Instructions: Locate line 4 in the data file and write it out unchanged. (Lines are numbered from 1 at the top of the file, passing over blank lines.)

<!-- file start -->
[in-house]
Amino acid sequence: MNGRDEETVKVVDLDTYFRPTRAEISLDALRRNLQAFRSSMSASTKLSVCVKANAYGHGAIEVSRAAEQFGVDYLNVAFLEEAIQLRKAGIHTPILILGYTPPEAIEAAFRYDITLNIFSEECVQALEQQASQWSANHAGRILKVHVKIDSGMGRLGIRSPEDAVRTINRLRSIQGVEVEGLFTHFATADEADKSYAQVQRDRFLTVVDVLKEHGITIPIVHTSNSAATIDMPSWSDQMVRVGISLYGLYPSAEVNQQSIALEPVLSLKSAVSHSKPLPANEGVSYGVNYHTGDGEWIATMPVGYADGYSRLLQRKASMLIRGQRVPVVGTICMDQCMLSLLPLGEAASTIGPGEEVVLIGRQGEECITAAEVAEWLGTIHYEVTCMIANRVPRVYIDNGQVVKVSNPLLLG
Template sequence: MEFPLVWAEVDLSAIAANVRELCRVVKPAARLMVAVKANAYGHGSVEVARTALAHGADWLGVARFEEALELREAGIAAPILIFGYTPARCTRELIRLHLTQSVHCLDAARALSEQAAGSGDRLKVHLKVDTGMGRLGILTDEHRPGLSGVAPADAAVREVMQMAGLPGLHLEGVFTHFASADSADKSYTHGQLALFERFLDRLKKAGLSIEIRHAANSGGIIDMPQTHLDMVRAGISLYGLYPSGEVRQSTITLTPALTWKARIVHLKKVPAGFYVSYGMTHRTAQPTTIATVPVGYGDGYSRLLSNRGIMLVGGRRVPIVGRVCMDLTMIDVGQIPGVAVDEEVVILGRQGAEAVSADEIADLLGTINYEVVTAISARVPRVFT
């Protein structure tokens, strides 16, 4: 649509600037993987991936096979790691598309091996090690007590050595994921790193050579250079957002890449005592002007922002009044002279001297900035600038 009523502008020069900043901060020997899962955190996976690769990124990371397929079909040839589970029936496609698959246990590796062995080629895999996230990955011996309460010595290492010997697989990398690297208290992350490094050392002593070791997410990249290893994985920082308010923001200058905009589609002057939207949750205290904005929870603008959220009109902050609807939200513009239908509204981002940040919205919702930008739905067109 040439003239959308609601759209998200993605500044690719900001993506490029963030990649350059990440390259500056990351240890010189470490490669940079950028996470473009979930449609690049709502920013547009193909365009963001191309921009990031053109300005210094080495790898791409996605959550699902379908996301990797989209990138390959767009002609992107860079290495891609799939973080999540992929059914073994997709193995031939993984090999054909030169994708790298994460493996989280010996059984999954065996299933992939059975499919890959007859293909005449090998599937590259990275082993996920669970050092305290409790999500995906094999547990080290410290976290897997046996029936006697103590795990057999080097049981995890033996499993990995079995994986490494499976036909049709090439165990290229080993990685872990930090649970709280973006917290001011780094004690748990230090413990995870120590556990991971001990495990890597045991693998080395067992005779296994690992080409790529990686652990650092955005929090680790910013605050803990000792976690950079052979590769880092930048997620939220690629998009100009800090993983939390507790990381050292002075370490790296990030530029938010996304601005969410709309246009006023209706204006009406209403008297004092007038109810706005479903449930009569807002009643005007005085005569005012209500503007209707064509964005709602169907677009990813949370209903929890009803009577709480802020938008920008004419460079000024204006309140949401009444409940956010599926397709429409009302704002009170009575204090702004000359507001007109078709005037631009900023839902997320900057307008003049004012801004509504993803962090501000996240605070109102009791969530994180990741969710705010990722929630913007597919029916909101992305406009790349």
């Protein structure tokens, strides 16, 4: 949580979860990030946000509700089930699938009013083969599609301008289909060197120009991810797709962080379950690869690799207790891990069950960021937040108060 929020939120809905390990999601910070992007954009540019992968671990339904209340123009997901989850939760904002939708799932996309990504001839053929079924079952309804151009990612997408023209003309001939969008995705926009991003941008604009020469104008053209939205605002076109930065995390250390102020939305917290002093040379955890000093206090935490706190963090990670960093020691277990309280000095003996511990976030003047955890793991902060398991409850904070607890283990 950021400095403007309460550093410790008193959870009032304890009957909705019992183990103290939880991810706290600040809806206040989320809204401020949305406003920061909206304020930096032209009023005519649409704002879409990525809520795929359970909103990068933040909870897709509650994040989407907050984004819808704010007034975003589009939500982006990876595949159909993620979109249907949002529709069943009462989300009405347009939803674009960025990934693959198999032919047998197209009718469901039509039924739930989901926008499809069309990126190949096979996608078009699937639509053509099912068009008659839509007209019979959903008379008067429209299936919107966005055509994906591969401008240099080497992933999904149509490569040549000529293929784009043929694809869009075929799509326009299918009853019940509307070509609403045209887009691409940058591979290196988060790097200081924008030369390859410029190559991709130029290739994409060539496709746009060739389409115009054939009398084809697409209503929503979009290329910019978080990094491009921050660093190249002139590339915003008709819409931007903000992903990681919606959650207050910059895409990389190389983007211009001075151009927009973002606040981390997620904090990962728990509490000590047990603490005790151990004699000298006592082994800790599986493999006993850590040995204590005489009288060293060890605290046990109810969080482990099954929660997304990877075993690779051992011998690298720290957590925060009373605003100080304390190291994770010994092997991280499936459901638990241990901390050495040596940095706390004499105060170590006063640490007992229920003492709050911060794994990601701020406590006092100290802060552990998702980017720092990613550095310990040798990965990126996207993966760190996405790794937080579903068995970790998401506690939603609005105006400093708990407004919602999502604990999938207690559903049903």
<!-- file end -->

């Protein structure tokens, strides 16, 4: 649509600037993987991936096979790691598309091996090690007590050595994921790193050579250079957002890449005592002007922002009044002279001297900035600038 009523502008020069900043901060020997899962955190996976690769990124990371397929079909040839589970029936496609698959246990590796062995080629895999996230990955011996309460010595290492010997697989990398690297208290992350490094050392002593070791997410990249290893994985920082308010923001200058905009589609002057939207949750205290904005929870603008959220009109902050609807939200513009239908509204981002940040919205919702930008739905067109 040439003239959308609601759209998200993605500044690719900001993506490029963030990649350059990440390259500056990351240890010189470490490669940079950028996470473009979930449609690049709502920013547009193909365009963001191309921009990031053109300005210094080495790898791409996605959550699902379908996301990797989209990138390959767009002609992107860079290495891609799939973080999540992929059914073994997709193995031939993984090999054909030169994708790298994460493996989280010996059984999954065996299933992939059975499919890959007859293909005449090998599937590259990275082993996920669970050092305290409790999500995906094999547990080290410290976290897997046996029936006697103590795990057999080097049981995890033996499993990995079995994986490494499976036909049709090439165990290229080993990685872990930090649970709280973006917290001011780094004690748990230090413990995870120590556990991971001990495990890597045991693998080395067992005779296994690992080409790529990686652990650092955005929090680790910013605050803990000792976690950079052979590769880092930048997620939220690629998009100009800090993983939390507790990381050292002075370490790296990030530029938010996304601005969410709309246009006023209706204006009406209403008297004092007038109810706005479903449930009569807002009643005007005085005569005012209500503007209707064509964005709602169907677009990813949370209903929890009803009577709480802020938008920008004419460079000024204006309140949401009444409940956010599926397709429409009302704002009170009575204090702004000359507001007109078709005037631009900023839902997320900057307008003049004012801004509504993803962090501000996240605070109102009791969530994180990741969710705010990722929630913007597919029916909101992305406009790349």